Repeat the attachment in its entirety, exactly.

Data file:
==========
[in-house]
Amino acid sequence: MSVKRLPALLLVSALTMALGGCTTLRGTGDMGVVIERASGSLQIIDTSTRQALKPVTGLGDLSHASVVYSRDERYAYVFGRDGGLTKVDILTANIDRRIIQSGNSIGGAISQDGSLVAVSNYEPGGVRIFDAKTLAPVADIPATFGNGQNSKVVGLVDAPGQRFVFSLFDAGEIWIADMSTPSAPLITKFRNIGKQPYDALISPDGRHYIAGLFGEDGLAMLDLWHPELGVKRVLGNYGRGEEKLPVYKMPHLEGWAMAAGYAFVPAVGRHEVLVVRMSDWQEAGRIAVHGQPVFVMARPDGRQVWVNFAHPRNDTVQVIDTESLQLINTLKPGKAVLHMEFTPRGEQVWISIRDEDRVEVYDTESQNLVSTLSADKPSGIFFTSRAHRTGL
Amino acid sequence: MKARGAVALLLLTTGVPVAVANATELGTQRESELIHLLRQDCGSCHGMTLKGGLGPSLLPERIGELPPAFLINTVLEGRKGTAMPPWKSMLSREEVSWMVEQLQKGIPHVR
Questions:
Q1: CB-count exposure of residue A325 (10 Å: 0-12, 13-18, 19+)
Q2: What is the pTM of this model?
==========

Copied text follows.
[in-house]
Amino acid sequence: MSVKRLPALLLVSALTMALGGCTTLRGTGDMGVVIERASGSLQIIDTSTRQALKPVTGLGDLSHASVVYSRDERYAYVFGRDGGLTKVDILTANIDRRIIQSGNSIGGAISQDGSLVAVSNYEPGGVRIFDAKTLAPVADIPATFGNGQNSKVVGLVDAPGQRFVFSLFDAGEIWIADMSTPSAPLITKFRNIGKQPYDALISPDGRHYIAGLFGEDGLAMLDLWHPELGVKRVLGNYGRGEEKLPVYKMPHLEGWAMAAGYAFVPAVGRHEVLVVRMSDWQEAGRIAVHGQPVFVMARPDGRQVWVNFAHPRNDTVQVIDTESLQLINTLKPGKAVLHMEFTPRGEQVWISIRDEDRVEVYDTESQNLVSTLSADKPSGIFFTSRAHRTGL
Amino acid sequence: MKARGAVALLLLTTGVPVAVANATELGTQRESELIHLLRQDCGSCHGMTLKGGLGPSLLPERIGELPPAFLINTVLEGRKGTAMPPWKSMLSREEVSWMVEQLQKGIPHVR
Questions:
Q1: CB-count exposure of residue A325 (10 Å: 0-12, 13-18, 19+)
Q2: What is the pTM of this model?